The AHRQ PSNet Collection comprises an extensive selection of resources relevant to the patient safety community. These resources come in a variety of formats, including literature, research, tools, and Web sites. Resources are identified using the National Library of Medicine’s Medline database, various news and content aggregators, and the expertise of the AHRQ PSNet editorial and technical teams.
Berggren K, Ekstedt M, Joelsson‐Alm E, et al. J Clin Nurs. 2023;32:7372-7381.
Intensive care units (ICU) experienced extensive, rapid reorganization at the beginning of the COVID-19 pandemic. This qualitative study of ICU personnel uncovered multiple ways they experienced decreases in patient safety during the initial reorganization. They reported the unfortunate necessity of "cutting safety corners," poorly adapted temporary ICUs, and feelings of increased personal responsibility due to changes in skill mix. Participants reported the care provided was safe, but of lower quality than was typical.
Tataei A, Rahimi B, Afshar HL, et al. BMC Health Serv Res. 2023;23:527.
Patient handoffs present opportunities for miscommunication and errors. This quasi-experimental study examined the impact of an electronic nursing handover system (ENHS) on patient safety and handover quality among patients both with and without COVID-19 in the intensive care unit (ICU). Findings indicate that the ENHS improved the quality of the handover, reduced handover time, and increased patient safety.
Edmonds JK, George EK, Iobst SE, et al. J Obstet Gynecol Neonatal Nurs. 2023;52:286-295.
Staffing and nursing time at the bedside play a role in missed nursing care. This study focused on the role of COVID-19 on staffing and nursing time at the bedside and, therefore, on missed nursing care in labor and delivery units. During a peak of the pandemic, this study of obstetrics nurses found perceptions of nursing time at the bedside and adequate staffing played a significant role in missed nursing care.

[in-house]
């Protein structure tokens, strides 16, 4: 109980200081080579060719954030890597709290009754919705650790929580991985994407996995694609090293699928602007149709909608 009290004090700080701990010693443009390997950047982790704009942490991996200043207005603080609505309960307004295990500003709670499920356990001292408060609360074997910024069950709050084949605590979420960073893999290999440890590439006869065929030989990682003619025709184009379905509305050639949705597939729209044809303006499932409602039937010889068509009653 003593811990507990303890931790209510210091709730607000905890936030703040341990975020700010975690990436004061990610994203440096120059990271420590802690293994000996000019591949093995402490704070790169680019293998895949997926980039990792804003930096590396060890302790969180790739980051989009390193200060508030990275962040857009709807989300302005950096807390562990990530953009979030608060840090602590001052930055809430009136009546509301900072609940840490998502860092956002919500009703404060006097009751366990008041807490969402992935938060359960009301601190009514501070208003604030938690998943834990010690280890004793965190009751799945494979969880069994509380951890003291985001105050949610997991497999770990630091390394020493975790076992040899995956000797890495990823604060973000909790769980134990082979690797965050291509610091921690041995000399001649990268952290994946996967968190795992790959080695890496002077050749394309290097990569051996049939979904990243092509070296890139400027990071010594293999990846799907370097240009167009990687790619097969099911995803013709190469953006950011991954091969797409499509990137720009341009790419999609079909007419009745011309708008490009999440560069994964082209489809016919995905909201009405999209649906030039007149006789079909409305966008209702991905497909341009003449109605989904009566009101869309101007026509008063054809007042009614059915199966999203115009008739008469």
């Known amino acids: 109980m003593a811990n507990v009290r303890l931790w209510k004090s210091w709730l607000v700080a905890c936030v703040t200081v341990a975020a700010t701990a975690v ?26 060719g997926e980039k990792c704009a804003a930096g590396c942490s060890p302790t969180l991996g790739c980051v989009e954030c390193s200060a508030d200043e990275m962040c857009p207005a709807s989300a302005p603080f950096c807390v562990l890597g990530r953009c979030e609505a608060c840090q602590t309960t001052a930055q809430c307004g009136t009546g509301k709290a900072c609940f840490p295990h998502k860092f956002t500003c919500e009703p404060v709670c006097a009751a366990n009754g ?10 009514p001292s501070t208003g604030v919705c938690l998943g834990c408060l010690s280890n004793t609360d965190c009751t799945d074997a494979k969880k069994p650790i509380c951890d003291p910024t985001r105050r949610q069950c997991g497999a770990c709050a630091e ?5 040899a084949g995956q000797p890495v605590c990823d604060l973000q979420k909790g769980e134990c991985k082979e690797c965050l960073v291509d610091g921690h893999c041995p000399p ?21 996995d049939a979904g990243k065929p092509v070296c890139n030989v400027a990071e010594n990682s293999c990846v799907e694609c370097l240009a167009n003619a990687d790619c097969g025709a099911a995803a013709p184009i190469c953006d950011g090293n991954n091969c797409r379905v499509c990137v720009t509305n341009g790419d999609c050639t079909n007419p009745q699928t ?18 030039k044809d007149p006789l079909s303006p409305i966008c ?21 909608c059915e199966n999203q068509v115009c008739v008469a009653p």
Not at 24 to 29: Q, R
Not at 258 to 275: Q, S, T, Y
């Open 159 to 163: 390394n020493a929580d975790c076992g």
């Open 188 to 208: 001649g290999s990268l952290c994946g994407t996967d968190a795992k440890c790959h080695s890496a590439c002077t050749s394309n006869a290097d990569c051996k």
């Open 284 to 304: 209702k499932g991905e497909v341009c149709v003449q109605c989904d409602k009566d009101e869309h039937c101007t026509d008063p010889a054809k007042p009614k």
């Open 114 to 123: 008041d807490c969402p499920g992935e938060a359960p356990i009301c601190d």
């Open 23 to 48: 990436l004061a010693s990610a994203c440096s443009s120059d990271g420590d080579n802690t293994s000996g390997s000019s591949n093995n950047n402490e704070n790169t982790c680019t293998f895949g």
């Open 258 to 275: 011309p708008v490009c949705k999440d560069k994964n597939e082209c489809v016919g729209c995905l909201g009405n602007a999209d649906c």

Rosen A, Carter D, Applebaum JR, et al. J Patient Saf. 2022;18:e1219-e1225.
The COVID-19 pandemic had wide-ranging impacts on care delivery and patient safety. This study examined the relationship between critical care clinician experiences related to patient safety during the pandemic and COVID-19 caseloads during the pandemic. Findings suggest that as COVID-19 caseloads increased, clinicians were more likely to perceive care as less safe.
The COVID-19 pandemic dramatically changed healthcare delivery across all settings. This qualitative study explored perceptions of patient safety in intensive care among nurses redeployed to intensive care settings during the pandemic. Nurses reported increases in patient safety risks during the pandemic, which were largely attributed to changes in nursing skill mix and poor continuity of care.
Falk A-C, Nymark C, Göransson KE, et al. Intensive Crit Care Nurs. 2022:103276.
Needed nursing care that is delayed, partially completed, or not completed at all is known as missed nursing care (MNC). Researchers surveyed critical care registered nurses during two phases of the COVID-19 pandemic about recent missed nursing care, perceived quality of care, and contributing factors. There were no major changes in the types of, or reasons for, MNC compared to the reference survey completed in fall 2019.
Missed or incomplete nursing care can adversely affect care quality and safety. Based on survey responses from 295 frontline nurses in the Philippines, this study explored factors contributing to missed nursing care during the COVID-19 pandemic. Findings suggest that nurses most frequently missed tasks such as patient surveillance, comforting patients, skin care, ambulation, and oral hygiene. The authors suggest that increasing nurse staffing, adequate use of personal protective equipment, and improved safety culture may reduce instances of missed care.
von Vogelsang A‐C, Göransson KE, Falk A‐C, et al. J Nurs Manag. 2021;29:2343-2352.
Incomplete nursing care can be detrimental to care quality and patient safety. This cross-sectional survey of nurses in Sweden at one acute care hospital did not identify significant differences in missed nursing care before and during the COVID-19 pandemic. The authors posit that these results may be attributed to maintaining nurse-patient ratios, sufficient nursing skill mix, and patient mix.
Hospitals have been deeply challenged to provide effective care during the COVID crisis. This article discusses how rationing and ineffective protection for families and patients may have contributed to preventable death and the spread of the virus in families due to unnecessary referrals of patients to home care and hospice.